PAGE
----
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1 Introduction
Chromatography is a powerful separation method that finds applications in all branch of science. Chromatography was invented and named by the Russian botanist Mikhail Tswett shortly after the turn of the last century. He employed this technique to separate various plant pigments such as chlorophylls and xanthophylls by passing solutions of these compounds through a glass column packed with finely divided calcium carbonate. The separated species appeared as colored bands on the column, which accounts for the name he chose for the method (Greek chroma meaning color and graphein meaning writing).The application of chromatography have grown explosively in the last half century, due not only to the development of several new types of chromatographic techniques but also to the growing need by scientists for better methods for characterizing complex mixtures. The tremendous impact of these methods on sciences is attested by the 1952 Nobel Prize in chemistry that was awarded to A.J.P.Martin and R.L.M.Synge for their discoveries in the field.
Chromatography involves a sample or sample extract being dissolved in a mobile phase, which may be a gas, a liquid or a supercritical fluid. The mobile phase is then forced through an immobile, immiscible stationary phase, which is fixed in place in a column or on a solid surface. The two phases are chosen so that the components of the sample distribute themselves between the mobile and stationary phases to varying degrees. Those components strongly retained by the stationary phase move only slowly with the flow of mobile phase. In contrast, components that are weakly held by the stationary phase travel rapidly. As a consequence of these differences in migration rates, sample components separate into discrete bands, or zones, that can be analyzed qualitatively and quantitatively.1
1.1 Methods in chromatography2
Chromatographic techniques can be classified according to the nature of the stationary and mobile phases as follows:
Adsorption chromatography
Gas solid chromatography
Liquid column chromatography
High performance liquid chromatography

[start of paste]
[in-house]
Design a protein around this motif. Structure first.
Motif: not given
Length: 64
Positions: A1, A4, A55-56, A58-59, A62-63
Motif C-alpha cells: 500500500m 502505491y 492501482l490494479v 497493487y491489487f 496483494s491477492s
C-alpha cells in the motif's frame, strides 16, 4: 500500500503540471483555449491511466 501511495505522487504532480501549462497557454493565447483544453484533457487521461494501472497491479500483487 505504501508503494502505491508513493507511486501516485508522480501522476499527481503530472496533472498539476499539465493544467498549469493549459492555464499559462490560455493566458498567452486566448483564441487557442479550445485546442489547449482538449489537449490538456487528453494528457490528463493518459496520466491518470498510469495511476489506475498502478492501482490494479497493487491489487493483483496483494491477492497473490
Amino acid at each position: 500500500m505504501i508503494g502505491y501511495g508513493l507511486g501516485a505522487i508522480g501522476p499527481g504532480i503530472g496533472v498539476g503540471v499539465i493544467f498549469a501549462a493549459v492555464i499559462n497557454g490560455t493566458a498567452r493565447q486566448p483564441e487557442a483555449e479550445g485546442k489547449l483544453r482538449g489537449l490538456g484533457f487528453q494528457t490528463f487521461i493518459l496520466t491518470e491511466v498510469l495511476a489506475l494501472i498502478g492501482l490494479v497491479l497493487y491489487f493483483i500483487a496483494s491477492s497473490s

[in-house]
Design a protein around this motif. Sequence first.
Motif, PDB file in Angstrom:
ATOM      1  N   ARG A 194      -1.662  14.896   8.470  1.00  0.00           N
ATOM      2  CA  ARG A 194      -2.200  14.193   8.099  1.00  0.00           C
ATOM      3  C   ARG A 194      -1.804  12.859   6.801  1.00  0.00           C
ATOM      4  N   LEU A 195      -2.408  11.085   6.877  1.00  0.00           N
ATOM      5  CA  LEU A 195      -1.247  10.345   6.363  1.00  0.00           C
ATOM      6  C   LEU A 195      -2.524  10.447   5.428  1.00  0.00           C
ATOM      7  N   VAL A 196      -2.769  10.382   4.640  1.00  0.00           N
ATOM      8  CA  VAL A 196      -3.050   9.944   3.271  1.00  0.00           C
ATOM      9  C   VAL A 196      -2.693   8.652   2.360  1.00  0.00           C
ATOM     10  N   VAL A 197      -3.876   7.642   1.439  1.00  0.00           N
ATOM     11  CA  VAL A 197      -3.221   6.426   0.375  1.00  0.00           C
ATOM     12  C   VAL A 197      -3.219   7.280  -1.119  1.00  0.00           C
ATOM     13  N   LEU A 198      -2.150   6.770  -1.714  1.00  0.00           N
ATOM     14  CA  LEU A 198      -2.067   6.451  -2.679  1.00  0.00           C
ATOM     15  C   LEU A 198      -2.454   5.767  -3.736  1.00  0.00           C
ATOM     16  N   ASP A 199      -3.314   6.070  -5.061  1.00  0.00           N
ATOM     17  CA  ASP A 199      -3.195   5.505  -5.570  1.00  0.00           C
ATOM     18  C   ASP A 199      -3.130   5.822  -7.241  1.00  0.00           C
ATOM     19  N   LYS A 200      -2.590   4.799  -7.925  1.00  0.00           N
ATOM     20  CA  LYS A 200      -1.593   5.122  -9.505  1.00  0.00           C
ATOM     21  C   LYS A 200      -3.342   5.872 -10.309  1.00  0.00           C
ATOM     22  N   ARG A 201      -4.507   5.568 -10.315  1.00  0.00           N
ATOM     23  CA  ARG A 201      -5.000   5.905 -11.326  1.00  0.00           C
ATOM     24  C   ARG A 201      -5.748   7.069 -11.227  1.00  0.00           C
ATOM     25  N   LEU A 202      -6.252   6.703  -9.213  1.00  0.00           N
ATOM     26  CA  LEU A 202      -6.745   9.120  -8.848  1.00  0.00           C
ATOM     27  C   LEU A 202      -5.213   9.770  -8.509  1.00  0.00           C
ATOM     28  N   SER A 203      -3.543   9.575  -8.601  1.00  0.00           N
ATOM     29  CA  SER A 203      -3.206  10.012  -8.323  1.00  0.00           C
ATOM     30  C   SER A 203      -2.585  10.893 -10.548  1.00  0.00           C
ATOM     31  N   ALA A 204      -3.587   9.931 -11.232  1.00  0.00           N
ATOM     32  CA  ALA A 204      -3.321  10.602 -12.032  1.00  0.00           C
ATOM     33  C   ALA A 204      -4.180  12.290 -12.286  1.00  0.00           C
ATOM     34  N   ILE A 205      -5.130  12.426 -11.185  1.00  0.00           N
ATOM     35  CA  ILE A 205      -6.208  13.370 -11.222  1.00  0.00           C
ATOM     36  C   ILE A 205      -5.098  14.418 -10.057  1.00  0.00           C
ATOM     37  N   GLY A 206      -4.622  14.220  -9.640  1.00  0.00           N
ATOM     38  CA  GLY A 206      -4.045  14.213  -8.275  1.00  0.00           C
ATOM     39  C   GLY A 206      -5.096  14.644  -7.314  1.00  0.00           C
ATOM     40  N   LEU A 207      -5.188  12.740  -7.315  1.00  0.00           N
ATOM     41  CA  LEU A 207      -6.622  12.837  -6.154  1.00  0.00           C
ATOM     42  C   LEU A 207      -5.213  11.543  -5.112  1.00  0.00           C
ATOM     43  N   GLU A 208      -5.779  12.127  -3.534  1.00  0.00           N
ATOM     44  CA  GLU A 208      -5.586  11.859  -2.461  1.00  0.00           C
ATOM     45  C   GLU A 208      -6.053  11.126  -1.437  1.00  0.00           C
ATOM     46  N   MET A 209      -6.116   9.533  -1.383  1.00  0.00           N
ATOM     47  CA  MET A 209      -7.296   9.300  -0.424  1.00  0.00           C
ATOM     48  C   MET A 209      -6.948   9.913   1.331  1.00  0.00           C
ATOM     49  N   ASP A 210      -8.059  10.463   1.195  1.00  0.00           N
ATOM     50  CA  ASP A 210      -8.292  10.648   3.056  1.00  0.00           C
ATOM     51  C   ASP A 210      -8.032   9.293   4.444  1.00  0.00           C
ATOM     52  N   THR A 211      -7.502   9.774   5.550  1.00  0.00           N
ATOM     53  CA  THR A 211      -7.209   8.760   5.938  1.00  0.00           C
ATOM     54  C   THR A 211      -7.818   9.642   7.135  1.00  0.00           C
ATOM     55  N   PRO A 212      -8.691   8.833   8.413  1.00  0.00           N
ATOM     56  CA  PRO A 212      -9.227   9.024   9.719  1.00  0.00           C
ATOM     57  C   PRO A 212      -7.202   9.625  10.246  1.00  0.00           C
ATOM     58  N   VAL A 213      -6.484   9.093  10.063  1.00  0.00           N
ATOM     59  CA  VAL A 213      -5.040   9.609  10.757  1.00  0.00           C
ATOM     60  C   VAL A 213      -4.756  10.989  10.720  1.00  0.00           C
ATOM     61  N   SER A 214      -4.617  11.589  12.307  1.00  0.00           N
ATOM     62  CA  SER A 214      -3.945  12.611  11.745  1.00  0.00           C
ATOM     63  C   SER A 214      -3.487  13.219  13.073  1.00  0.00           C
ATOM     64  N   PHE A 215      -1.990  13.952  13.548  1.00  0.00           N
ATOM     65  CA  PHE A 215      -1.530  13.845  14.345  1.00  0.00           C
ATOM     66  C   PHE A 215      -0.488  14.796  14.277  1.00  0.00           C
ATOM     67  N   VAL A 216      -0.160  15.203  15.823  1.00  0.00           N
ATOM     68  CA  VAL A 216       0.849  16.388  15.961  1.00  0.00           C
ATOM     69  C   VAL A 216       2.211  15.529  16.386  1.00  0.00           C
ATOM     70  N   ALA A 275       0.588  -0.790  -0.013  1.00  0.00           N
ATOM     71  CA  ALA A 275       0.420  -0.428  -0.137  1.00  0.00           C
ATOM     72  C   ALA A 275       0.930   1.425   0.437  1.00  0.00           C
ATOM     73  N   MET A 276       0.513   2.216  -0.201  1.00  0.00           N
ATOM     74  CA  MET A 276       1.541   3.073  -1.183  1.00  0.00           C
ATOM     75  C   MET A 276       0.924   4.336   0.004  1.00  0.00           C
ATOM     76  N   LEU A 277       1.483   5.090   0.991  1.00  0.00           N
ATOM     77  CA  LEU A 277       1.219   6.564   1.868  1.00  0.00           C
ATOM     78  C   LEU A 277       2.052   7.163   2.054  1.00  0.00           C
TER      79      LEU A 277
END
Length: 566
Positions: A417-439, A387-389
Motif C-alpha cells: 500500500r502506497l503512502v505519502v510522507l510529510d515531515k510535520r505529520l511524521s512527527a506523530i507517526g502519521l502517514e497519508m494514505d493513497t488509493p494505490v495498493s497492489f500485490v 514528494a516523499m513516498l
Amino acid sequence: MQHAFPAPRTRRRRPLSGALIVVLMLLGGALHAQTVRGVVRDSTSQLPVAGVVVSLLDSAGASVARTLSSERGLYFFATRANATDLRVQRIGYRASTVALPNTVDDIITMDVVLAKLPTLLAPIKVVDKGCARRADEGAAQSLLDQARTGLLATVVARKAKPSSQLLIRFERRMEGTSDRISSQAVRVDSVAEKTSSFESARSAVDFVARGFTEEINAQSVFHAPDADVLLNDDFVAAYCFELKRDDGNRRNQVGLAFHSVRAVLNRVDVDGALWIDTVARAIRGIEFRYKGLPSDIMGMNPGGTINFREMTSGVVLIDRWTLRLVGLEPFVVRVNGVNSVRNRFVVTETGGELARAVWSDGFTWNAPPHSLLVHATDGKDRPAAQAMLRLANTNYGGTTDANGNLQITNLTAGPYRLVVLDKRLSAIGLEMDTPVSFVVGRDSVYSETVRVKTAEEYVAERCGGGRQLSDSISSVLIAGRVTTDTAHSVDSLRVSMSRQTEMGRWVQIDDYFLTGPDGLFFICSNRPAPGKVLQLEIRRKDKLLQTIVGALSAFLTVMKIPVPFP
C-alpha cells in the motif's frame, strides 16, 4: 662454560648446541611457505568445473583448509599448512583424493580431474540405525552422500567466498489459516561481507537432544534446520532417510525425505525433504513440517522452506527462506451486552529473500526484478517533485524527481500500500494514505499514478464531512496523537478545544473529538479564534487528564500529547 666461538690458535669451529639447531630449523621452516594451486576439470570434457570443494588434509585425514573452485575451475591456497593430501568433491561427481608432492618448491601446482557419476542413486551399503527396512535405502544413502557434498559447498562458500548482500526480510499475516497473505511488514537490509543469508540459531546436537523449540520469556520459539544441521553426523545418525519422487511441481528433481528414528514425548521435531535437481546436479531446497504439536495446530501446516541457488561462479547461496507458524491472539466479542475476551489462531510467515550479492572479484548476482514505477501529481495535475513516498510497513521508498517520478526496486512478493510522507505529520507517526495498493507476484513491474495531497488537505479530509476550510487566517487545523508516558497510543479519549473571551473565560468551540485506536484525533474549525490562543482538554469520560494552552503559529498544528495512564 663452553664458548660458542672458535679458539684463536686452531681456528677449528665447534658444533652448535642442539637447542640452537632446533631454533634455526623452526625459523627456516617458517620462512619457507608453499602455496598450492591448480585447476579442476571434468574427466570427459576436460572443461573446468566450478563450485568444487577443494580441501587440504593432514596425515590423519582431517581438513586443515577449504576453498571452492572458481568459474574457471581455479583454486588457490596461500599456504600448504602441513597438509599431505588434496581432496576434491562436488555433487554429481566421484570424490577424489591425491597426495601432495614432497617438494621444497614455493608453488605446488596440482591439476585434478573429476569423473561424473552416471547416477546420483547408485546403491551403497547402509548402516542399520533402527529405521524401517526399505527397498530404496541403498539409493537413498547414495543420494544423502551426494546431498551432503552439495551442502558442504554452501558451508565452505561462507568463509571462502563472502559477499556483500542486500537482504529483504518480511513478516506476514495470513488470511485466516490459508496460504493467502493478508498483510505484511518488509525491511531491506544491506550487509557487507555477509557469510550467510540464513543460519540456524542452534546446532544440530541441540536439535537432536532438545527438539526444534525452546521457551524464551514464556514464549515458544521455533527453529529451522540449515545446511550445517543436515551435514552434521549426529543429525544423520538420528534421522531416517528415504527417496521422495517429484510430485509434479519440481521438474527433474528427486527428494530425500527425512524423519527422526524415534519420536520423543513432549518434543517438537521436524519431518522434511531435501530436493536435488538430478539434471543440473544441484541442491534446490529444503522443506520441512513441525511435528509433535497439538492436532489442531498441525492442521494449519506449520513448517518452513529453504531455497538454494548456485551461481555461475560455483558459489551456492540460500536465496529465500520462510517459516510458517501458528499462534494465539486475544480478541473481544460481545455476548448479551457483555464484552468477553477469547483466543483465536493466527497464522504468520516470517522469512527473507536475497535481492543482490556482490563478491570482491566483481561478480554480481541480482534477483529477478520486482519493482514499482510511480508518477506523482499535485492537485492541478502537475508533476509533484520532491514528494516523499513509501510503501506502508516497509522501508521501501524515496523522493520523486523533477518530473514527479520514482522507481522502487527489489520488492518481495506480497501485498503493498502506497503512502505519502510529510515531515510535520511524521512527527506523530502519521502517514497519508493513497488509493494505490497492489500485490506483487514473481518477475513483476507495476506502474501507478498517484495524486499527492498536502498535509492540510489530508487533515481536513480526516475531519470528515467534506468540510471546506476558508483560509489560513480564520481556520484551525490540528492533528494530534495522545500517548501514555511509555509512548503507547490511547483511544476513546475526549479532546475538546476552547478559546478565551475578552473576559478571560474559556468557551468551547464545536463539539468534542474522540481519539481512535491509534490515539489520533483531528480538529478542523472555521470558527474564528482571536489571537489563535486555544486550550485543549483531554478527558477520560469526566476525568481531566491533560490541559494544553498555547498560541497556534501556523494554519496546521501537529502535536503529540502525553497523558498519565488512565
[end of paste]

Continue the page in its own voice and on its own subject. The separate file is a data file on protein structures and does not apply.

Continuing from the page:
Thin layer chromatography
Partition chromatography
Gas solid chromatography
Super critical fluid chromatography
Liquid-liquid chromatography
Paper chromatography
High performance liquid chromatography
Pore exchange chromatography
Ion exchange chromatography
High performance liquid chromatography
Permeation chromatography
Size exclusion chromatography
Affinity chromatography
DNA affinity chromatography
1.2 HPLC
Liquid chromatography is the most widely used of all of the analytical separation techniques. The reasons for the popularity of the method are its sensitivity, its ready adaptability to accurate quantitative determinations, its easy to automation, its suitability for separating non-volatile species or thermally fragile ones, and above all.1The first instrumental liquid chromatography was constructed by Csaba Horvath at Yale University in 1964, and was described as a high-pressure liquid chromatography (HPLC).3
High-pressure liquid chromatography (HPLC), sometimes called high-performance liquid chromatography, is a separation technique based on a solid stationary phase and a liquid mobile phase. Separations are achieved by partition, adsorption, or ion-exchange processes, depending upon the type of stationary phase used. HPLC has distinct advantages over gas chromatography for the analysis of organic compounds. Compounds to be analyzed are dissolved in a suitable solvent, and most separations take place at room temperature. Thus, most drugs, being non-volatile or thermally unstable compounds, can be chromatographed without decomposition or the necessity of making volatile derivatives.

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